Designing Artificial Intelligence-based Probabilistic Methods for Early Flood Warning System for Community Risk Management in Fiji Islands.
06 FEB 2023
9.30 AM - 11.00 AM
9.30 AM - 11.00 AM
Fiji is one of the Pacific Island Countries severely affected by flooding. Apart from coastal floods, Fiji often experiences fluvial and pluvial floods. The flood-related asset losses for Fiji are anticipated to exceed 5 percent of the GDP by 2050. Consequently, timely and accurate forecasting of flood events is anticipated to provide governments, businesses, and individuals more time to make well-informed decisions to be better prepared for flood events. In the first phase of this study, the novel hourly flood index (SWRI24-hr-S) will be formulated, which includes the development of the relevant software codes to calculate the index in a normalized way for the existing 24-hourly water resources index (WRI24-hr-S). The feasibility of SWRI24-hr-S in determining a flood situation and its characteristics (i.e., duration, severity, and intensity) will be evaluated for various sites in Fiji from 2014-2018. The advanced statistical copula-based techniques will also be used to model the joint distributions amongst the extreme flood characteristics to extract their joint exceedance probability, which is vital information for managing flood risks in Fiji. In the second phase of this study, the deep learning-based model will be developed to produce hourly forecasts of SWRI24-hr-S values and test its capability to forecast future flood events at hourly intervals at the selected study sites in Fiji. More specifically, a novel framework based on Improved Complete Ensemble Empirical Mode Decomposition with Adaptive Noise (ICEEMDAN) and Long Short-term Memory (LSTM), i.e., the ICEEMDAN-LSTM model, is proposed. Using the real-time hourly precipitation dataset from 2014 to 2018 obtained from Fiji Meteorological Services, the newly developed SWRI24-hr-S was applied at seven sites in Fiji. The SWRI24-hr-S was used to identify all the flood situations between 2014 to 2018 and compute their characteristics. The flood events between the 3rd and 5th of April 2016 were quantified. Based on the results, the flood that occurred during this period was only severe in the western part of Viti Levu, Fiji. Moreover, the analysis of the five severest floods in Nadi indicated that the most significant flood reached a total severity of 157.28 and lasted 48 hours. This flood started on 29th January 2014 at 8 a.m. and reached a peak danger of 6.80. This was also the most severe flood event with the most prolonged duration for the 5-year period among all the study sites. The results also showed that between 2014 and 2018, Tavua recorded 61 flood situations, followed by Nadi with 51, while Nasinu recorded only 41 flood events. Thus, these primary results demonstrate the usefulness of SWRI24-hr-S in identifying flood situations and determining the severity, duration, and intensity of flood events on an hourly scale.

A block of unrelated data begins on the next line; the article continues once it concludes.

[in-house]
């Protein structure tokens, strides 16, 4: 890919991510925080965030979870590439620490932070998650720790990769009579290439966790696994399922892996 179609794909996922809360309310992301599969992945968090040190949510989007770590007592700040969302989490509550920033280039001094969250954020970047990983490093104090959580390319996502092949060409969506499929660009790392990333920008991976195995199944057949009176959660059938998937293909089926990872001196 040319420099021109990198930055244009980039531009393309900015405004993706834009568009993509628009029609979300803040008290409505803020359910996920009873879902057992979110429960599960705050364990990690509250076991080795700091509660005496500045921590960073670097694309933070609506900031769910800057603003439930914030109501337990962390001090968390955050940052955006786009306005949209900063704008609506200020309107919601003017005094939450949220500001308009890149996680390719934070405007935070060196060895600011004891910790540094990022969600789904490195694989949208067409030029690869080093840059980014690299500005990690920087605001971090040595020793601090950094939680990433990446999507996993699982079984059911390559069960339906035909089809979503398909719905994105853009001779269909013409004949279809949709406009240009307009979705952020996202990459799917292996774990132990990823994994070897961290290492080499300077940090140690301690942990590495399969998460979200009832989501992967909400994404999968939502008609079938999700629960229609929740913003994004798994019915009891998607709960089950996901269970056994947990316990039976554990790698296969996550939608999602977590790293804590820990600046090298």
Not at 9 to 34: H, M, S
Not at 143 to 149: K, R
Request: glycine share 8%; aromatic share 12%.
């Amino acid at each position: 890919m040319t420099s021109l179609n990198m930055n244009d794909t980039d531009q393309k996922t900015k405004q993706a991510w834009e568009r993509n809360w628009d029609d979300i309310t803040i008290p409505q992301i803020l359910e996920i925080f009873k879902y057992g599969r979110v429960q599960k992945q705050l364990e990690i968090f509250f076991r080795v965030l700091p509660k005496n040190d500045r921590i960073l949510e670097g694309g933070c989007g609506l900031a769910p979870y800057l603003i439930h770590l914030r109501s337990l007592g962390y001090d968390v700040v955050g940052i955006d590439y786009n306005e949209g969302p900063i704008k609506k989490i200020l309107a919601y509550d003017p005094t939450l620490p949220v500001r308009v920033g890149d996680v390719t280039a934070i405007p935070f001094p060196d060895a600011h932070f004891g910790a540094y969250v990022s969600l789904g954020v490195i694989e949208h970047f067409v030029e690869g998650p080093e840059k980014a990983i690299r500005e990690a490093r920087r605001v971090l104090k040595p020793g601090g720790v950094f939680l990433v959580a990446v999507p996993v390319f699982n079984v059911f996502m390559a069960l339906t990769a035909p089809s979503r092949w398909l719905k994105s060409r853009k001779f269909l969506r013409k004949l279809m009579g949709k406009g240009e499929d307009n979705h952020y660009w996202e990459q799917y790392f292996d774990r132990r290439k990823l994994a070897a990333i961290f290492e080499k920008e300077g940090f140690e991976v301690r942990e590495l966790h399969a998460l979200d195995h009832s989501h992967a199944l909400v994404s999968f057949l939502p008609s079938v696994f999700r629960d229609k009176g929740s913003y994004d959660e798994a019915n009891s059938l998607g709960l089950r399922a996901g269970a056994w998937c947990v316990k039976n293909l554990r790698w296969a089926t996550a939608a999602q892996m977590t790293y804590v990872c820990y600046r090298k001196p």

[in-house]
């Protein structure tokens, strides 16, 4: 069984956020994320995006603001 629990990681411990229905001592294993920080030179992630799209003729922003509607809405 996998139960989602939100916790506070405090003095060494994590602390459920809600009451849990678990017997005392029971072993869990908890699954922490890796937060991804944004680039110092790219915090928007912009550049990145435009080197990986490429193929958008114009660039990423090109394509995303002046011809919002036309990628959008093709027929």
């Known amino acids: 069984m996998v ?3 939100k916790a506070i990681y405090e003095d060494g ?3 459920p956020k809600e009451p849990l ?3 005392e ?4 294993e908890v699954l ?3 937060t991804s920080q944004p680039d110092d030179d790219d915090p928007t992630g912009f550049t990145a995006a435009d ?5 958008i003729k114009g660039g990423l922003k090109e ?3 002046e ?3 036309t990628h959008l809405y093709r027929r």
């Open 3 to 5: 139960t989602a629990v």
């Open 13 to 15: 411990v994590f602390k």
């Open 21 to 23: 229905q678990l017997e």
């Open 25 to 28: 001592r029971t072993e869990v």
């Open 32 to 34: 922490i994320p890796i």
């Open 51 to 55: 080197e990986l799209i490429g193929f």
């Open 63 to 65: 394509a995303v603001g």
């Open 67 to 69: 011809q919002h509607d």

For more information, please email the Graduate Research School or phone 07 4631 1088.